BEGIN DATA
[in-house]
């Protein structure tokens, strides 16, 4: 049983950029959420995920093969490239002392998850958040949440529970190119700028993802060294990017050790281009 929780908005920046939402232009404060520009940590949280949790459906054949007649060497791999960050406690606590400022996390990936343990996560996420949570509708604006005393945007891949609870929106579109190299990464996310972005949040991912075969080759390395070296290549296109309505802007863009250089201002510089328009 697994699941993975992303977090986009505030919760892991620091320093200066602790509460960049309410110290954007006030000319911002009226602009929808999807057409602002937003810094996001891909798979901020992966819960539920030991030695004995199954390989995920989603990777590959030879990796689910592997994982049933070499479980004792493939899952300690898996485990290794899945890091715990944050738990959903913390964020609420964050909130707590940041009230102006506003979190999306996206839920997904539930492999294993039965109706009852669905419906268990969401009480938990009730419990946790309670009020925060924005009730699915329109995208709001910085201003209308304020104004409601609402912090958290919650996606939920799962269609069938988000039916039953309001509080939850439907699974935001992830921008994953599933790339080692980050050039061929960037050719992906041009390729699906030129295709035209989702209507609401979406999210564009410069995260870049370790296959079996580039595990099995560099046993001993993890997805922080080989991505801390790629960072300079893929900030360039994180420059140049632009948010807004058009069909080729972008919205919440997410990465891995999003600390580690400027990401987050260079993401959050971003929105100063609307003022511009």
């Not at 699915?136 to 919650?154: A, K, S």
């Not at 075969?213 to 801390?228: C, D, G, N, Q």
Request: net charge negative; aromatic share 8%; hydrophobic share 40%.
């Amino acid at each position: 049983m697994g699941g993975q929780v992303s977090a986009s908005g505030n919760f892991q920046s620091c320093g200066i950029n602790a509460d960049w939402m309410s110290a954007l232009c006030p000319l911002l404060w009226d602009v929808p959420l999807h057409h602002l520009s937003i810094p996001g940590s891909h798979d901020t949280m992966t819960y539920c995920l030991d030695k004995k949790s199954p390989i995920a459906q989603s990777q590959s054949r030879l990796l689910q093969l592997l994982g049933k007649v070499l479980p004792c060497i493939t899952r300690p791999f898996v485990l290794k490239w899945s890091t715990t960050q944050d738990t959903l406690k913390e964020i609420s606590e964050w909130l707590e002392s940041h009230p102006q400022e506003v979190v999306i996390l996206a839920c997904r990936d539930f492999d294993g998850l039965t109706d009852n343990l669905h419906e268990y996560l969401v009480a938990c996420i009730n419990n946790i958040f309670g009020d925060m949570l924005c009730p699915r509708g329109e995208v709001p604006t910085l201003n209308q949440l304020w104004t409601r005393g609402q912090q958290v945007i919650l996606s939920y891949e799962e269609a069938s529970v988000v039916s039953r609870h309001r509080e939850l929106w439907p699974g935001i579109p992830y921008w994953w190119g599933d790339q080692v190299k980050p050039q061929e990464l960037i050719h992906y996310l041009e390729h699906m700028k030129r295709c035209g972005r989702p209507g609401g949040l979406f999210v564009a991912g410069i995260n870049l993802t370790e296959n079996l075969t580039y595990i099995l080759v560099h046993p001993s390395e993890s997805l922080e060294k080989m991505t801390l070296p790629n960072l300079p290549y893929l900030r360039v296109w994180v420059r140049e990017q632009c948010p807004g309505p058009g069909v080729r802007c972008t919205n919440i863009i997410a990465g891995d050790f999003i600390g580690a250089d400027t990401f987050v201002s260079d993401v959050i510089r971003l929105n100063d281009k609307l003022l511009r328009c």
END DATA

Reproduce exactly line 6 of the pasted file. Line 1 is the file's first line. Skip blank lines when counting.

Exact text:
């Amino acid at each position: 049983m697994g699941g993975q929780v992303s977090a986009s908005g505030n919760f892991q920046s620091c320093g200066i950029n602790a509460d960049w939402m309410s110290a954007l232009c006030p000319l911002l404060w009226d602009v929808p959420l999807h057409h602002l520009s937003i810094p996001g940590s891909h798979d901020t949280m992966t819960y539920c995920l030991d030695k004995k949790s199954p390989i995920a459906q989603s990777q590959s054949r030879l990796l689910q093969l592997l994982g049933k007649v070499l479980p004792c060497i493939t899952r300690p791999f898996v485990l290794k490239w899945s890091t715990t960050q944050d738990t959903l406690k913390e964020i609420s606590e964050w909130l707590e002392s940041h009230p102006q400022e506003v979190v999306i996390l996206a839920c997904r990936d539930f492999d294993g998850l039965t109706d009852n343990l669905h419906e268990y996560l969401v009480a938990c996420i009730n419990n946790i958040f309670g009020d925060m949570l924005c009730p699915r509708g329109e995208v709001p604006t910085l201003n209308q949440l304020w104004t409601r005393g609402q912090q958290v945007i919650l996606s939920y891949e799962e269609a069938s529970v988000v039916s039953r609870h309001r509080e939850l929106w439907p699974g935001i579109p992830y921008w994953w190119g599933d790339q080692v190299k980050p050039q061929e990464l960037i050719h992906y996310l041009e390729h699906m700028k030129r295709c035209g972005r989702p209507g609401g949040l979406f999210v564009a991912g410069i995260n870049l993802t370790e296959n079996l075969t580039y595990i099995l080759v560099h046993p001993s390395e993890s997805l922080e060294k080989m991505t801390l070296p790629n960072l300079p290549y893929l900030r360039v296109w994180v420059r140049e990017q632009c948010p807004g309505p058009g069909v080729r802007c972008t919205n919440i863009i997410a990465g891995d050790f999003i600390g580690a250089d400027t990401f987050v201002s260079d993401v959050i510089r971003l929105n100063d281009k609307l003022l511009r328009c």